Noisy gif
Noisy gif created by @IamHappyToastTwitter

In 2015, a dressgate incident had put everyone into a dilemma upon its colour confusion as some could see the dress as white- golden and some saw it as blue-black.

A similar incident happened a couple of months ago while people were confused about the colour of a pair of shoes whether its grey-turquoise or pink-white.

This time, it is not about colour confusion. But it is all about a gif image and its 'sound'.

Also read: Pink-white or blue-grey? Internet divided over the colour of the shoe [PHOTO]

According to a BBC report, some people can hear a thudding sound in a silent gif of skipping pylons.

The gif was originally created by a Twitter user named Happy Toast (@IamHappyToast) as a part of a photoshop challenge on the boards of The gif image has gone viral since then.

The silent gif divided the internet while some claiming that they can hear a thudding sound when the pylon hits the ground but some cannot hear anything apparently.

On December 3, Dr Lisa DeBruine from the Institute of Neuroscience & Psychology at the University of Glasgow took to Twitter to post the image again asking if they could hear any sound. It has received more than 1300 comments with 21,000 retweets.

On the same thread, she further created a poll asking, "What do you experience when you watch this gif?" along with four options.

The poll has received more than 290,000 responses from the Twitterati, with 68% saying they could hear a thudding sound while 20% replied they could not hear anything.

One person pointed out: "Could it be that the actual skipping speed is about the same as resting heart rate, and what people are actually hearing is the blood pumping through their ears in time with the skipping?"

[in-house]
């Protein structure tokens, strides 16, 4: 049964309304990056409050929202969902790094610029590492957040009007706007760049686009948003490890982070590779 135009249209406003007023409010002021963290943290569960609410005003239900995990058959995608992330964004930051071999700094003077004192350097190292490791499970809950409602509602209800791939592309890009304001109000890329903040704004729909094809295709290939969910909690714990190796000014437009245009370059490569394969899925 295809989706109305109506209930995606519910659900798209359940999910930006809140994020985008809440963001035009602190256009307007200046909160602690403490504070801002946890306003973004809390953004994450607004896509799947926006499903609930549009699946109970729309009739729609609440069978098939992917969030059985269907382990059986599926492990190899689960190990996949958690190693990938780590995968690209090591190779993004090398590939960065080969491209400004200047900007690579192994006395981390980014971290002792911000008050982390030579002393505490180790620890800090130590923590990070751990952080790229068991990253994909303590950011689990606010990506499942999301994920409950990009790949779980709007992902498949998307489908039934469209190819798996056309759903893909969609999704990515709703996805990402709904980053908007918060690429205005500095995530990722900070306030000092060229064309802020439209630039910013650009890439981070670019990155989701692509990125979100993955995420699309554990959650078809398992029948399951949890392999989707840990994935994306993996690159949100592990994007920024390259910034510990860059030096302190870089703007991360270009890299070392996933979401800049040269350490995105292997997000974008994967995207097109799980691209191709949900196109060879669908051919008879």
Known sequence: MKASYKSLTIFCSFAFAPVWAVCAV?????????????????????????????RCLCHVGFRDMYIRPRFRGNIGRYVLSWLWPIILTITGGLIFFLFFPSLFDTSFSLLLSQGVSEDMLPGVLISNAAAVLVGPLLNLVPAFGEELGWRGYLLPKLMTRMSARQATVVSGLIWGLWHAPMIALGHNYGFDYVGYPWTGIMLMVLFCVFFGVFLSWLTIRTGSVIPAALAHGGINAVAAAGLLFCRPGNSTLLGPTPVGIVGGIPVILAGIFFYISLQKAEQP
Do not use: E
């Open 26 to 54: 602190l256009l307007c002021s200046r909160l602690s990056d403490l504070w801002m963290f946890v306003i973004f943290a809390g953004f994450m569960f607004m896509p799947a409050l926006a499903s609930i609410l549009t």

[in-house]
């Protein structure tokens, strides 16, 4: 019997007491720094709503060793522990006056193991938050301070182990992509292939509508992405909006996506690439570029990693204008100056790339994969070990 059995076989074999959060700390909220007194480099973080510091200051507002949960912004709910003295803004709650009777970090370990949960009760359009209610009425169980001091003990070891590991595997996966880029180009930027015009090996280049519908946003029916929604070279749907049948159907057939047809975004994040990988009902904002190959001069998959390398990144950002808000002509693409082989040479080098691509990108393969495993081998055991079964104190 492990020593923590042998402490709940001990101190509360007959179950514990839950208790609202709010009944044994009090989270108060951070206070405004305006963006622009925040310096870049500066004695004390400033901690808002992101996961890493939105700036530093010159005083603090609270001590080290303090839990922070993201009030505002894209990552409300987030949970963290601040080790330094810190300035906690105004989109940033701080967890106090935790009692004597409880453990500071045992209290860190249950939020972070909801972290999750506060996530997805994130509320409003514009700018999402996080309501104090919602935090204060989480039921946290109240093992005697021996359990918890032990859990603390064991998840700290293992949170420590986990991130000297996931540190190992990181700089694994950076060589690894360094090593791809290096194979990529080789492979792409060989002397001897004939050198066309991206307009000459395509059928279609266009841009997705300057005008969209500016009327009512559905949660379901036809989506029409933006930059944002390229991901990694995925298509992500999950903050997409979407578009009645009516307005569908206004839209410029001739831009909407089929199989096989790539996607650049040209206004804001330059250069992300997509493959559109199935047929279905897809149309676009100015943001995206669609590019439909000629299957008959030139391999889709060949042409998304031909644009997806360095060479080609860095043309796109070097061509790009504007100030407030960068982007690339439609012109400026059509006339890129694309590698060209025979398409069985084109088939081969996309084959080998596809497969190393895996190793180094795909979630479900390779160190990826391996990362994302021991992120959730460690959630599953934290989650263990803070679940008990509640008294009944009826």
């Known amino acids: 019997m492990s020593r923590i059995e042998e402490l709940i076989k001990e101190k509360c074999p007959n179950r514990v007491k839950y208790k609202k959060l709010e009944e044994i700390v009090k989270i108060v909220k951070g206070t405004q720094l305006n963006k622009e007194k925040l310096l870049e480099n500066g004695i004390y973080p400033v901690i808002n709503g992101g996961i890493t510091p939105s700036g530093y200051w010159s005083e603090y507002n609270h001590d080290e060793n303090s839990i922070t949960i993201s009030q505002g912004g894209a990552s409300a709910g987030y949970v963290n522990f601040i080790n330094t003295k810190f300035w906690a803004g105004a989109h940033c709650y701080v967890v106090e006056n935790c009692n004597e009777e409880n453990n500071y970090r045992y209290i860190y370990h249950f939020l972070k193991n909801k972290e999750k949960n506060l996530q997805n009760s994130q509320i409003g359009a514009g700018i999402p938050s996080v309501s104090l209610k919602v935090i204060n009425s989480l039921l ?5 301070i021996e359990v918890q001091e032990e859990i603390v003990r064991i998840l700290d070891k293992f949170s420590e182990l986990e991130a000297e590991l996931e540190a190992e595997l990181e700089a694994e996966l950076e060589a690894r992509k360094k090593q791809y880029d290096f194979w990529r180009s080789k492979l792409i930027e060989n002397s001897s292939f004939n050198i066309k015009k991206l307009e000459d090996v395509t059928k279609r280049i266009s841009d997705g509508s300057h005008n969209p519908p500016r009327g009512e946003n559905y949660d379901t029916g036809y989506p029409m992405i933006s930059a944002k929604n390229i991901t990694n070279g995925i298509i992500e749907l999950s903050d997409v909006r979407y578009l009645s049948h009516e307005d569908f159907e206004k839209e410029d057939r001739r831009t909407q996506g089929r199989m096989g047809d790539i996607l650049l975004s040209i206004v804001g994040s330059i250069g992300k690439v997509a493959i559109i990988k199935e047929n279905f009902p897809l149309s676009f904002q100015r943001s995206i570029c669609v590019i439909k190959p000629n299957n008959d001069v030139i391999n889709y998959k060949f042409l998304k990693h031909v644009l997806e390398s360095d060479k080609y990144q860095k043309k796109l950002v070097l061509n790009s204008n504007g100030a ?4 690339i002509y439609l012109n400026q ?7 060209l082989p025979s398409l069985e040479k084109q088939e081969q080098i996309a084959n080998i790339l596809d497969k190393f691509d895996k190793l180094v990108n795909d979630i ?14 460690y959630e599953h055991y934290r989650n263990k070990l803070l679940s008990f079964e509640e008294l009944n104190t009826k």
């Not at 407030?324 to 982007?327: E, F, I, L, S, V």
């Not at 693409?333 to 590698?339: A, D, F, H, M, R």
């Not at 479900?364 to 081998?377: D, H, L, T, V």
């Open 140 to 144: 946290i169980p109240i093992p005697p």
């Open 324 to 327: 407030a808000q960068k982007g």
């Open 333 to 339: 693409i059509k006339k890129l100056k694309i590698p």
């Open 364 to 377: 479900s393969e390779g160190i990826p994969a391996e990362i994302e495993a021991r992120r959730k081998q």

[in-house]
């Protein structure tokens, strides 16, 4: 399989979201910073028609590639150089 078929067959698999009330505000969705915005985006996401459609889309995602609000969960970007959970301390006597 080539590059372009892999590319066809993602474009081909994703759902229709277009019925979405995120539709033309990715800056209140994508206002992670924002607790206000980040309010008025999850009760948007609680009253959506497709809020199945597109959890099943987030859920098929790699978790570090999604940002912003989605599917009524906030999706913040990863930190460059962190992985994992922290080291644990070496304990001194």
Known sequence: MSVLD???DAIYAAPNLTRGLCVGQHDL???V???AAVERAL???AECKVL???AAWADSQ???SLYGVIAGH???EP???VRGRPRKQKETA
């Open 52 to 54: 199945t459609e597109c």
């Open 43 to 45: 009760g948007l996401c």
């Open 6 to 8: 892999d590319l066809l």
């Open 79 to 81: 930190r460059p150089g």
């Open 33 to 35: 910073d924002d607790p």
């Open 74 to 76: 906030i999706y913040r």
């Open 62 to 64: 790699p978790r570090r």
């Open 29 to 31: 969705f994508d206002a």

Chris Fassnidge, a doctoral candidate in psychology at London's City University also offered an explanation, saying: "Unlikely as common resting heart rate is quite different to the timing of this video. Also unlikely to sync so rapidly and in so many people."

Dr DeBruine told the BBC: "I don't know why some people hear it very clearly, others only feel it, and others perceive nothing at all. Some deaf and hard of hearing people have reported all three perceptions, as have people with aphantasia," a lack of visual imagery.

"I thought some of the vision scientists I follow would be able to explain it right away, but it seems like there are several plausible explanations and no clear consensus."

Fassnidge had an interaction with BBC 5 radio show host Phil Williams as he explained, "I suspect the noisy gif phenomenon is closely related to what we call the Visually-Evoked Auditory Response, or vEAR for short."

"This is the ability of some people to hear moving objects even though they don't make a sound, which may be a subtle form of synaesthesia - the triggering of one sense by another," he added.

"We are constantly surrounded by movements that make a sound, whether they are footsteps as people walk, lip movements while they talk, a ball bouncing in the playground, or the crash as we drop a glass. There is some evidence to suggest that synaesthetic pairings are, to some extent, learnt during infancy."